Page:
Back on the road, while I was fighting the demons in my legs, my teammates were having their own private battles - mostly mechanical. Captain Craig had punctured, and had another light malfunction, with Halfway slowly but surely breaking one spoke after the other in his rear wheel. My teammates would send me on ahead as they attended to their mechanical issues, and each time I secretly hoped that my legs would come back and that they wouldn't be able to catch me. And each time that wouldn't happen and they'd quickly reel me in.
We inched our way up The NeverEnder, and for the first time in ages it really was never ending. Like Chinese water torture it wore us down, but it didn't matter. We were in no rush. Up until now, Halfway had already broken 3 spokes in his rear wheel (no fat jokes please - he is a sensitive soul), and so between nursing me and his bike we eventually conquered The NeverEnder, rolling into the final check point.
Halfway attended to his failing wheel while Captain Craig and I enjoyed the jaffles on offer and got dressed a little warmer for the final push to the finish. And talking of pushing, I am proud to say that I made the final leg without a single push. My teammates had either given up on me, or they too were finally feeling the strain of nursing my sorry body for 180kms. As the lights of Jeffreys Bay got brighter, so too did our mood. We'd survived a character testing ordeal, and although I'm sure to be carrying the mental baggage of this event for years to come, we'd emerged stronger for it. When a bad day is finishing 43rd, in 10h31, almost nine hours ahead of the last team, there really isn't too much to complain about.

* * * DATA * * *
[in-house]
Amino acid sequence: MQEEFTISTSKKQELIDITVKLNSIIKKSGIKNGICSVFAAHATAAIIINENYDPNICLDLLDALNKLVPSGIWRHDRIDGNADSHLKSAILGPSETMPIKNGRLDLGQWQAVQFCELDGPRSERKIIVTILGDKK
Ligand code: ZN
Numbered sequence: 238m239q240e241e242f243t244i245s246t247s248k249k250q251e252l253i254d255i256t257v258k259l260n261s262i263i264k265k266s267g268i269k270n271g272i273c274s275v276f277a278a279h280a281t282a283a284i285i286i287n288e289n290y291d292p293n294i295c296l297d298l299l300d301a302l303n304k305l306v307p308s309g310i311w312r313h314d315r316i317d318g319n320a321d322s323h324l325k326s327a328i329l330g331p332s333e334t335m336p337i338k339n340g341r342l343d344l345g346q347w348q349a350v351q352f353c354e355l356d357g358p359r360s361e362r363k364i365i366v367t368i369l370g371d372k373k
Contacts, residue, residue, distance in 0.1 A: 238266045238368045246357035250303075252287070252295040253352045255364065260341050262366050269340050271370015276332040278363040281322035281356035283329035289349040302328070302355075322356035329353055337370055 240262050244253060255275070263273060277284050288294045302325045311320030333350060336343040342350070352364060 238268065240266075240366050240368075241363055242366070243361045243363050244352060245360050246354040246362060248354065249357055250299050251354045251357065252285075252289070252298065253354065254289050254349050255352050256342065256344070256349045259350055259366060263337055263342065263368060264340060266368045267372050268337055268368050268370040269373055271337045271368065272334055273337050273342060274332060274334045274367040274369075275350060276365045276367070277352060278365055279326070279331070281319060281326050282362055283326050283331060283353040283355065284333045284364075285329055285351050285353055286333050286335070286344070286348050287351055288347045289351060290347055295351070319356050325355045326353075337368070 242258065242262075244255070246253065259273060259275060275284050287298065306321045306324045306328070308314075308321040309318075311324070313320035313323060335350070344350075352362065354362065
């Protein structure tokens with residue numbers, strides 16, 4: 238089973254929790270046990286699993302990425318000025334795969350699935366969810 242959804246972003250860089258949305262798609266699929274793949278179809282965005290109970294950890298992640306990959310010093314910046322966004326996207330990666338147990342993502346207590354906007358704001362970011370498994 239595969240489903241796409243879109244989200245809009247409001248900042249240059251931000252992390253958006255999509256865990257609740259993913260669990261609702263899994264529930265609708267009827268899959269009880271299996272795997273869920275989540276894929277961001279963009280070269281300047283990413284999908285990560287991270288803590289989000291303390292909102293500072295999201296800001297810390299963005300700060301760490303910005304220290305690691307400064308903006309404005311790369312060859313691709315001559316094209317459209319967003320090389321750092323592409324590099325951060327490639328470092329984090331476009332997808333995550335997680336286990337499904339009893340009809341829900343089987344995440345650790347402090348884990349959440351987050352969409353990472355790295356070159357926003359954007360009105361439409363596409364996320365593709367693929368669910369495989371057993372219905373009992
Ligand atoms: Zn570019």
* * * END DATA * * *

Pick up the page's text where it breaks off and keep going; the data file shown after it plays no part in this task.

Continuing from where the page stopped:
Halfway completed his fifth TransBaviaans.
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7 comments :

  1. well done for pushing through dude! That's a very long way to go when you are having an off day...

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  2. Amazing mate - well done! Sounds like a proper hard mans (whole)day on a bike. Definitely one for the list! The Hoff

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    1. Thanks Todd. I can't recommend this race enough - even on a bad day it's amazing.

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  3. This is one tale to remember for many years haha, nicely written! And well done on pushing though and the "vas byt" till the end!

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  4. Well done for finishing and sharing your experience in a well written article!!!

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    1. Thanks Richard, from a ex-Benoni boy ;)